In spite of the high expectations and focus on the technology worldwide, there are several EMR-related issues associated with them that have kept their overall implementation rate relatively low. They are viewed to oppose a physician’s customary working style and also entail the following barriers to acceptance by physicians.

  1. Financial Barriers

    EMRs necessitate a greater competence in dealing with computers. Further, installing a system entails significant financial resources; high startup expenditure, high maintenance cost as well as uncertainty about Return on Investment (ROI).

  2. Technical barriers

    Lack of computer skills of the clinicians and the other staff, deficiency of technical training and support, complexity and limitation of the system, etc. are the factors considered as technical barriers to EMRs.

  3. Time constraints

    The physicians find it too time-consuming to select, purchase and implement the system, to learn the system, to enter data, to convert the records and requiring more time per patient. 

  4. Psychological barriers

    Based on their personal reservations, understanding, and perceptions, clinicians have concerns about using EMRS. Their observation of the uncertain quality improvement associated with EMRs and doubts about the loss of specialized autonomy lead to a lack of belief in the EMR.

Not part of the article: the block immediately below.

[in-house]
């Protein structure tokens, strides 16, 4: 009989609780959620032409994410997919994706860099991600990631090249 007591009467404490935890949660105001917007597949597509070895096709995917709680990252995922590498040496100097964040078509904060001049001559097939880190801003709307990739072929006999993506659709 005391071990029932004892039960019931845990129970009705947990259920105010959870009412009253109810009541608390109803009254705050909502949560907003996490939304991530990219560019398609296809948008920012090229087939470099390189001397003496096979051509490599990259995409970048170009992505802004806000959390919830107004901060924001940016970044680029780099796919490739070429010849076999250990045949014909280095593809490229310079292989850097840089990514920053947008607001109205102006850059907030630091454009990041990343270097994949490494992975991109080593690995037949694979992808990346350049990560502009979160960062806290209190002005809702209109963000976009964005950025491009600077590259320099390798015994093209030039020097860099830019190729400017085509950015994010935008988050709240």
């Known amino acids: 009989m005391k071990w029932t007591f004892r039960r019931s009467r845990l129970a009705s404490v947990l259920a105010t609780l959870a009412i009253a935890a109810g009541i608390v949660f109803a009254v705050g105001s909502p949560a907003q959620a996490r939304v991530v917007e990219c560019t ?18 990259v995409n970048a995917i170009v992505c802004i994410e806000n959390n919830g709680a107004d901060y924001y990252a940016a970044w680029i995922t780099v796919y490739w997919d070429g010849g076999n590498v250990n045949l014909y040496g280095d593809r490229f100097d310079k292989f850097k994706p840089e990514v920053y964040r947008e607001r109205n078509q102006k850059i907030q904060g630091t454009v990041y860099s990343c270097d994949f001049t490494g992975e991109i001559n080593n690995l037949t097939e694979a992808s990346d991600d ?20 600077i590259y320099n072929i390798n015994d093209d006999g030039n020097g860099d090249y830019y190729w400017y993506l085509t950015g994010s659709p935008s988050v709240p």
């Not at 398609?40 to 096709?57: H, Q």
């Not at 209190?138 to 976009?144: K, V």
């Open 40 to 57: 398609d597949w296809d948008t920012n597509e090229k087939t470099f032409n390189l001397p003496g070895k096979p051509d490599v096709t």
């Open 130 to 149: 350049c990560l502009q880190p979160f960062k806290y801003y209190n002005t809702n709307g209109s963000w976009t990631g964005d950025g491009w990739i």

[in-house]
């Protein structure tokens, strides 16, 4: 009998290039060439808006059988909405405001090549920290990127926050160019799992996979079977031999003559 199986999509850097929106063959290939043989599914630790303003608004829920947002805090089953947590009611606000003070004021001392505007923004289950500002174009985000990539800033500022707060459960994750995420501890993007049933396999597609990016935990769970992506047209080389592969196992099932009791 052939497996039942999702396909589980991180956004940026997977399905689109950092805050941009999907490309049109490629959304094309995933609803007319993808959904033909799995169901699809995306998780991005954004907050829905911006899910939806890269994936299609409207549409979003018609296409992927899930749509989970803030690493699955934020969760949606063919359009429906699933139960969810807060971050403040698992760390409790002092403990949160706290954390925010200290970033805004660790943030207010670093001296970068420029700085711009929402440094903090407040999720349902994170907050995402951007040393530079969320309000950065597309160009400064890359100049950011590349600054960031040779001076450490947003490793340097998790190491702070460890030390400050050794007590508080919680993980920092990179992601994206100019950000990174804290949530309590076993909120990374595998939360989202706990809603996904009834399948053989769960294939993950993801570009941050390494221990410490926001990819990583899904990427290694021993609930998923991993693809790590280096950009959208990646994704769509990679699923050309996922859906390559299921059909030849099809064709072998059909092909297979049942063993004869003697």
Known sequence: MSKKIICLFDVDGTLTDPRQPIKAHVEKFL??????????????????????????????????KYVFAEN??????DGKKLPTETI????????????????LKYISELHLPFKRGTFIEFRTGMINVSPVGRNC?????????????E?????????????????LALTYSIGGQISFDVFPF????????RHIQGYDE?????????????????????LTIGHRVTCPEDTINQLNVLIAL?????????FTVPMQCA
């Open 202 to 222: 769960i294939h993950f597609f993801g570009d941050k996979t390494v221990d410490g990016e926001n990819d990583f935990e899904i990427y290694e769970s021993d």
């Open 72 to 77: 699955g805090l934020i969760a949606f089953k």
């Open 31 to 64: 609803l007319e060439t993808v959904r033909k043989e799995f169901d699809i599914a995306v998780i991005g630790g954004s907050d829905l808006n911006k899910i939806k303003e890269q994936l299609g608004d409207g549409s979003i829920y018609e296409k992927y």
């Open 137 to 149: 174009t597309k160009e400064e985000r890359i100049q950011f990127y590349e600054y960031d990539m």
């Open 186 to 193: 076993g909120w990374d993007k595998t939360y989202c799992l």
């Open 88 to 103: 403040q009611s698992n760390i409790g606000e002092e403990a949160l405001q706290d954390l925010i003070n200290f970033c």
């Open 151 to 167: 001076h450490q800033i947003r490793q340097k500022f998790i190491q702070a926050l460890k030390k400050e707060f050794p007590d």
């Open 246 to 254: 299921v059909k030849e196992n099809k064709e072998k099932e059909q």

5. Social barriers

    The social barriers include uncertainty about the vendor, lack of support from external parties, from other colleagues and from the management. Also, the physicians find EMR to be a system that interferes with the doctor-patient relationship.

  6. Legal barriers

    Clinicians think that keeping the patient records and medical information safe is vital to avoid legal issues. Nonetheless, there is a lack of clarity about the security standards to keep the patient records safe and confidential. 

  7. Organizational size and type